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Beyond the Horizon
The Great Race to Finish the First Human Powered Circumnavigation of the Earth
ABOUT THIS BOOK
In June, 2004, Colin Angus left Vancouver on his bicycle. Nearly two years later, he rolled back in, looking like a castaway, and having completed the first human-powered circumnavigation of the globe.
Angus cycled, skiied, and rowed a route that took him to Alaska, across the Bering Sea and the Siberian winter, across Europe from Moscow to Portugal, then across the Atlantic to Costa Rica–a 156-day rowing odyssey. From there it was a short 8,300 kilometre ride back to Vancouver. Along the way he burned through 4,000 chocolate bars, 72 inner tubes, 250 kgs of freeze-dried foods, 31 dorado fish (caught from the sea), 2 offshore rowboats, 4 bicycles, 80 kgs of clothing. And he showed the world that if he can travel 43,000 kilometres without polluting the planet, then the rest of us can get off our butts, and clean up our own acts.
“We lay in the rowboat cabin as the seas swelled and the sky boiled like a devil’s cauldron. Slanting yellow sun beams cut between black squalls, and corrugated cirrus clouds interlaced the remaining areas of blue. Huge anvil heads roiled and billowed, like slow-moving atomic explosions. Flashes of lightning illuminated the IMAX screen of the horizon. Such energy and volatility would have been breathtakingly beautiful, if we had been watching from nearly anywhere else, and if it weren’t for the fact that it was all just a prelude to a killer storm.
It was hard to believe that yet another tropical cyclone was heading our way. We had chosen the worst hurricane season in recorded history to make our five-month, 10,000 km unsupported rowboat crossing of the Atlantic Ocean. Now, two months into our voyage, it looked very likely our expedition might come to an abrupt end.
Our voyage across the Atlantic was only a part of a much larger expedition: an attempt to complete the first human-powered circumnavigation of the planet. So far we had trekked, skied, cycled, canoed, and rowed non-stop across three continents and were half-way across our second ocean. Now, as I huddled in the dog-house sized cabin with my fiancée waiting for the Hurricane Epsilon to reach us, I cursed myself for ever believing I could achieve such an impossible quest.”
—From Beyond the Horizon
"Angus writes fluently, especially about the excruciating hardships he suffered. He gives good hurricane, too. His book is a great read. ... It's good to know that we have young compatriots of this calibre."
- National Post
"Imagination and originality have long been Angus trademarks..the same incidents that have always made Angus so loveable and funny continue to occur. Descriptions of wicked storms and delightful marine creatures encountered along the way brim with enthusiasm...it is livened by his fiendish sense of humour, and provides a fair view of modern adventure, with all its sponsorship struggles, internal feuds, endless planning and, thank goodness, thrills of the open road."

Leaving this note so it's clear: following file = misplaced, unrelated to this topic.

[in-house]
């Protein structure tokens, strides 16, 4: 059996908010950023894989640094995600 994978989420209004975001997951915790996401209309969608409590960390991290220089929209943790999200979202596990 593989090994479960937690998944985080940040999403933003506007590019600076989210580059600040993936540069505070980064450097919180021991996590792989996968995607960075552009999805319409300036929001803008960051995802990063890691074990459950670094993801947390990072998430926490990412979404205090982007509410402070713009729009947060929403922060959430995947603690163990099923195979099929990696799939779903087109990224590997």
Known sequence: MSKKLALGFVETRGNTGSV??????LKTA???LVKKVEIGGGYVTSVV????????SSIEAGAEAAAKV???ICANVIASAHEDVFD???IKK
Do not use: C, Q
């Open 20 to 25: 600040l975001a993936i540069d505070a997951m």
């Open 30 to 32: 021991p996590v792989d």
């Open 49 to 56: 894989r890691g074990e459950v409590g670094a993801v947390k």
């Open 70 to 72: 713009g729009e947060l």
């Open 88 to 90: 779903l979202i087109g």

- Globe and Mail
"The journey featured more than its share of hair-raising experiences. If it wasn't enough that the trans-Atlantic portion corresponded with the most active hurricane season in history, the couple's craft came inches from being rammed by a freighter.... While Angus doesn't expect anyone to follow directly in his tracks, the publication of Beyond the Horizon aims to promote modes of transportation that produce no carbon emissions."
- Toronto Star
"Condensing this two-year expedition down into one book was a huge endeavour in itself, but Angus does an admirable job, focusing on the most interesting anecdotes and skipping through the less exciting intervals. .. In addition to adventure, drama, and romance, there is also humour to be found here."
- Times Colonist
"The achievement is a remarkable testament to a tenacious will, extraordinary endurance and pure obstinacy.... He makes Winnipeggers feel like wimps, complaining as we do when it's a mere -50º C with the windchill...There's no shortage of agony and near-death experiences in Angus's narrative. Forest fires, drowning, freezing, drunken Siberian truck drivers, Mexican banditos... are all well-documented. "
- Winnipeg Free Press
"Colin Angus of Vancouver Island showed remarkable perseverance in dealing with both danger and monotony during 720 days of adventure. He paints vivid pictures of obscure places and cultures while slowly travelling through vast landscapes.... Encounters with locals bring the armchair adventurer around the world. It feels like you're with Angus as he cycles past Russian mafia who are hanging a petrified man over an overpass by his ankles, or when he stays with friendly Siberians who spend a week's wages to feed him, or makes nice with strangers who fix his bike for free after reading about his expedition on the Internet."
- Calgary Herald